Classification-Theoretic Complexity of the Random Partial Order
Rehana Patel, Mathematics and Computer Science, St. John’s College of Liberal Arts and Sciences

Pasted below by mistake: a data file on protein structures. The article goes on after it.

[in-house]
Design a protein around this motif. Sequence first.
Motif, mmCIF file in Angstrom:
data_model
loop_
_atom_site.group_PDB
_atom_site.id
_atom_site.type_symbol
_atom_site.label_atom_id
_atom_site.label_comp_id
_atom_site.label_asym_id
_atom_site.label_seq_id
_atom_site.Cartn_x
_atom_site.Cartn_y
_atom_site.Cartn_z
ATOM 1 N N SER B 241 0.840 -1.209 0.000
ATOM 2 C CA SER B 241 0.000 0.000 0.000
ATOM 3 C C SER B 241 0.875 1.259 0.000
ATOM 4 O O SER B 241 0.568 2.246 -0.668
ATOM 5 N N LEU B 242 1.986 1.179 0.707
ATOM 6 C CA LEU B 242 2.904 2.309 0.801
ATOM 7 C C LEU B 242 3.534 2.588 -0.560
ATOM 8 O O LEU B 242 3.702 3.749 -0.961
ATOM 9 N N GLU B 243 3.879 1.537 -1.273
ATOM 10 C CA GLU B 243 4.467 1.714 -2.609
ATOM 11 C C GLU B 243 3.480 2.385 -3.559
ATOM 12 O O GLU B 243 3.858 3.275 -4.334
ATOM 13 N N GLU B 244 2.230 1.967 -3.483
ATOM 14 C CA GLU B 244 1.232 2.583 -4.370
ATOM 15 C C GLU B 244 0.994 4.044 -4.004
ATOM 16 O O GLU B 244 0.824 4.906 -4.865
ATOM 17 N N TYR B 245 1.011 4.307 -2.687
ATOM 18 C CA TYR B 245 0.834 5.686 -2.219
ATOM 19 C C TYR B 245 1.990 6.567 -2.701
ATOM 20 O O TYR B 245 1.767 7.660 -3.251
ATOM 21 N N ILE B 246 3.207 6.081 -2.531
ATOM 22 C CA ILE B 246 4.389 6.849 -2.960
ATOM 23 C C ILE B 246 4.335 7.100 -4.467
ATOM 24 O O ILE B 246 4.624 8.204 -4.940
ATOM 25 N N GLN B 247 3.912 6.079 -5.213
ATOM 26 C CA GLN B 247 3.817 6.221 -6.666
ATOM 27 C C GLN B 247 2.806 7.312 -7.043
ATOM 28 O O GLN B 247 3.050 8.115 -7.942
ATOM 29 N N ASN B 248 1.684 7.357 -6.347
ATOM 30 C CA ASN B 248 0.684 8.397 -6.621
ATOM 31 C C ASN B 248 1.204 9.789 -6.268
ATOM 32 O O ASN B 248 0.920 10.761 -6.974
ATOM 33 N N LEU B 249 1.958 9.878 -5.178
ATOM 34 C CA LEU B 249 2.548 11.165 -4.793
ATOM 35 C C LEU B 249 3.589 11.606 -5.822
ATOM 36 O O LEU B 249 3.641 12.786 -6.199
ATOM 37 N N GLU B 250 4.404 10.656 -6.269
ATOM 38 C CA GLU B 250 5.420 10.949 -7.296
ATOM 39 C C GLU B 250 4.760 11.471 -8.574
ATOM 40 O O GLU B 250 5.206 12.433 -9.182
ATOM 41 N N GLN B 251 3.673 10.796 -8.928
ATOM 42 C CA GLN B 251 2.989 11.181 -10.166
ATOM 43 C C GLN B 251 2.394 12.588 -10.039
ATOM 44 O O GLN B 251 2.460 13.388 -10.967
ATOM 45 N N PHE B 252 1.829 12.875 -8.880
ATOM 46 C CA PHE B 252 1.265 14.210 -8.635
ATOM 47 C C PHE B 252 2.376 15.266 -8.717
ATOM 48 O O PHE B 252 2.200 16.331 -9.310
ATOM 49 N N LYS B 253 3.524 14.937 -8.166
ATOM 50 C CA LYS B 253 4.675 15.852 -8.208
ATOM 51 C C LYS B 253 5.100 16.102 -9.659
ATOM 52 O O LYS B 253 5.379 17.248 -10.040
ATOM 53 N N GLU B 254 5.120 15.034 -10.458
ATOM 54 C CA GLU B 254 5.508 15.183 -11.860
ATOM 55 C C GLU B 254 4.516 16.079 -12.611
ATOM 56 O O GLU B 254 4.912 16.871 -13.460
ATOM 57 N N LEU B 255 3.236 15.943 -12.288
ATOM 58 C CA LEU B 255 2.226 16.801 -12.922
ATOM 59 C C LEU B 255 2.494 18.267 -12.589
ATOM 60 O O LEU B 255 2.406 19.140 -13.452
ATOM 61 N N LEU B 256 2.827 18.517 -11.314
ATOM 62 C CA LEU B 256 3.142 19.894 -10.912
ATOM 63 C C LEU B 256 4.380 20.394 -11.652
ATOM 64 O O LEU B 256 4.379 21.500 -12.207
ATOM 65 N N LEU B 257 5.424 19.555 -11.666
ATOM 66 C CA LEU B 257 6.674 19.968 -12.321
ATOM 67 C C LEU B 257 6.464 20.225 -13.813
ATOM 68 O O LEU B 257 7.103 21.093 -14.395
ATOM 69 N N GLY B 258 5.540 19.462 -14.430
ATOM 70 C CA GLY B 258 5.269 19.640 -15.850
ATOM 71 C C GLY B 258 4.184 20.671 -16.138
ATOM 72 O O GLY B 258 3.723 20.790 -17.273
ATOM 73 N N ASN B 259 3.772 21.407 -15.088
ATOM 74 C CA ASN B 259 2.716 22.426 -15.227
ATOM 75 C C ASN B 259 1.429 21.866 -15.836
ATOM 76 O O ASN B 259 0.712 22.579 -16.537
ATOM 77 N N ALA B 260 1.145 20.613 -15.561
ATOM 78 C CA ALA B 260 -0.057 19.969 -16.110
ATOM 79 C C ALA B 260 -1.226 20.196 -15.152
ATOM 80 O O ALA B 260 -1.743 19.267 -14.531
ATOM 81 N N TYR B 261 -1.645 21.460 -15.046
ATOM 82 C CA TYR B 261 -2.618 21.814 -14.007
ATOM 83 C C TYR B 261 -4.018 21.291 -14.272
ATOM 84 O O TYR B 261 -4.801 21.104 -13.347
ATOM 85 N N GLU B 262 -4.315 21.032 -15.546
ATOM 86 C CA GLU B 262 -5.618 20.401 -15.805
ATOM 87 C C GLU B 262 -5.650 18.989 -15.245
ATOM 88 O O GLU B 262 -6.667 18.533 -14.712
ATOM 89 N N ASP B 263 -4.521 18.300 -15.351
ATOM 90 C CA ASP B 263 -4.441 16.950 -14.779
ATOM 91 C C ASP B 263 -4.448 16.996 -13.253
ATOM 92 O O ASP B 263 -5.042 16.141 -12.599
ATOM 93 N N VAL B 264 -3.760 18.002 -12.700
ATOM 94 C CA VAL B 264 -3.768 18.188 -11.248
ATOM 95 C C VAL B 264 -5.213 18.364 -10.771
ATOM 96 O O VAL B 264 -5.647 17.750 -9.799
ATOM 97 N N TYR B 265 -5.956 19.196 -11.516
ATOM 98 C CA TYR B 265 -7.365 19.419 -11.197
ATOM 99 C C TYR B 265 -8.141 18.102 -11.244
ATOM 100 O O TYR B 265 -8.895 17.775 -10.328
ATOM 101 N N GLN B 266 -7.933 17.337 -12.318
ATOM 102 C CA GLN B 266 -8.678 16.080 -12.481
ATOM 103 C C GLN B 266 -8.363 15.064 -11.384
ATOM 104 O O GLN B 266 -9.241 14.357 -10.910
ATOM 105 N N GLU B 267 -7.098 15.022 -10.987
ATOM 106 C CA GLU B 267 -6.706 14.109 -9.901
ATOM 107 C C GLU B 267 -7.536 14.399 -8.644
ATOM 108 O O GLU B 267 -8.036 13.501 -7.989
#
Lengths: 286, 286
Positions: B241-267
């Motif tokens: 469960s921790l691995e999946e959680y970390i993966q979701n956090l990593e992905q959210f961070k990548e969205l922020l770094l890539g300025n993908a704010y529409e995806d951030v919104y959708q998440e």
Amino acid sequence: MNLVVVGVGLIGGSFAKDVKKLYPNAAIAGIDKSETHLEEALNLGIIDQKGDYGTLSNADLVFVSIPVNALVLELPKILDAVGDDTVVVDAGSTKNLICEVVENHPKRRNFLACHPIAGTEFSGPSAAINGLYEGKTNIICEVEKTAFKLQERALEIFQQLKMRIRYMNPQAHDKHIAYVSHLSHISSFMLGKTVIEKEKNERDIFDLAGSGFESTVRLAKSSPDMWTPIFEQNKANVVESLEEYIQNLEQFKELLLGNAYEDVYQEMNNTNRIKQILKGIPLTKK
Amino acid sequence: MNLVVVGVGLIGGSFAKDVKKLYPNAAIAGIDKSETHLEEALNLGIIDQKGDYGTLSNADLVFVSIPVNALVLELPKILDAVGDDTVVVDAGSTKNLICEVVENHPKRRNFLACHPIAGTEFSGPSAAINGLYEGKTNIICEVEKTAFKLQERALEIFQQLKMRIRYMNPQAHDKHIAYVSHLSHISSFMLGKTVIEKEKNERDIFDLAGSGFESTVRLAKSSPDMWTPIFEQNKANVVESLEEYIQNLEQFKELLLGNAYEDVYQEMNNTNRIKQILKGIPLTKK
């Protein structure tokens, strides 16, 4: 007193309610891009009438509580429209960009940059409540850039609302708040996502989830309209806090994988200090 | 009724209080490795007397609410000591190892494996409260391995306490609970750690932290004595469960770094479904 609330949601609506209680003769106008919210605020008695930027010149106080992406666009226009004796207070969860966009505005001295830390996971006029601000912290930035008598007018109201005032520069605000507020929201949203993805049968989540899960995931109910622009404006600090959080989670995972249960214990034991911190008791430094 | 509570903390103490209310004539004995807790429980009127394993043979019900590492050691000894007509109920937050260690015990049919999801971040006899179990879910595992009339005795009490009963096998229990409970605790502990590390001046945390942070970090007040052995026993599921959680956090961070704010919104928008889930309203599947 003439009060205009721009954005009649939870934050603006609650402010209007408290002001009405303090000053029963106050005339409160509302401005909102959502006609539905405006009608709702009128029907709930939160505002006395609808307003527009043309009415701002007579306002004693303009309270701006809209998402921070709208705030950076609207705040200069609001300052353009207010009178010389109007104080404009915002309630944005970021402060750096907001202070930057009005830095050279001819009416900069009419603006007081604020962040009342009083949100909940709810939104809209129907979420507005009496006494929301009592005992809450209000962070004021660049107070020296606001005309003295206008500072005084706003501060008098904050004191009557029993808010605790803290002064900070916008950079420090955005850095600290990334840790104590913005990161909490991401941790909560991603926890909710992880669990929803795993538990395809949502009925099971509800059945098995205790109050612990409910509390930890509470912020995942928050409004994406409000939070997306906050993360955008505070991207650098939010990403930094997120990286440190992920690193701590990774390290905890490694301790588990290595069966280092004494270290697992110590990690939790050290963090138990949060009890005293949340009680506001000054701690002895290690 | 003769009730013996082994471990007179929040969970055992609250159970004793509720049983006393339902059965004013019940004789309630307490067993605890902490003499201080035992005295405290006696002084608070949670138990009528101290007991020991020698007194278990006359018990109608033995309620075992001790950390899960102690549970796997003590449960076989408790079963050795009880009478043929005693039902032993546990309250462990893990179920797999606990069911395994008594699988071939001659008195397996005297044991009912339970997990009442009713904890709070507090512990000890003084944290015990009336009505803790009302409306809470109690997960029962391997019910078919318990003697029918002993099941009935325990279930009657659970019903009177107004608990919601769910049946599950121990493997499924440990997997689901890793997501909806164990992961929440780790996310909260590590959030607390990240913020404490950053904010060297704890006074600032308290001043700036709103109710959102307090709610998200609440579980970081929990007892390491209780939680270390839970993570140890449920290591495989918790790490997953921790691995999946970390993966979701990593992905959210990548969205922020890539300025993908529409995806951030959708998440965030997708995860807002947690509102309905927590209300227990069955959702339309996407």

Saharon Shelah's Classification Theory is a system of categorization of first order mathematical theories. In this system, mathematical structures are said to be either 'simple' or 'non-simple,' according to whether or not their first order theories satisfy certain properties. Simple theories are thought to be better behaved than non-simple ones, and within the class of non-simple theories there is an increasing hierarchy of complexity, culminating in theories that have the so-called 'strict order property'. The paradigmatic theory possessing the strict order theory is that of the countably infinite generic partial order, into which every finite partial order embeds isomorphically. Now, although finite partial orders may in general have arbitrarily long chains, Kevin Compton has shown that under a natural probabilistic interpretation, 'almost every' finite partial order has maximum chain length 3 and can be embedded into a countably infinite partial order called the random partial order. I will show that the theory of the random partial order is simple, making its classification-theoretic complexity dramatically less than that of the generic partial order.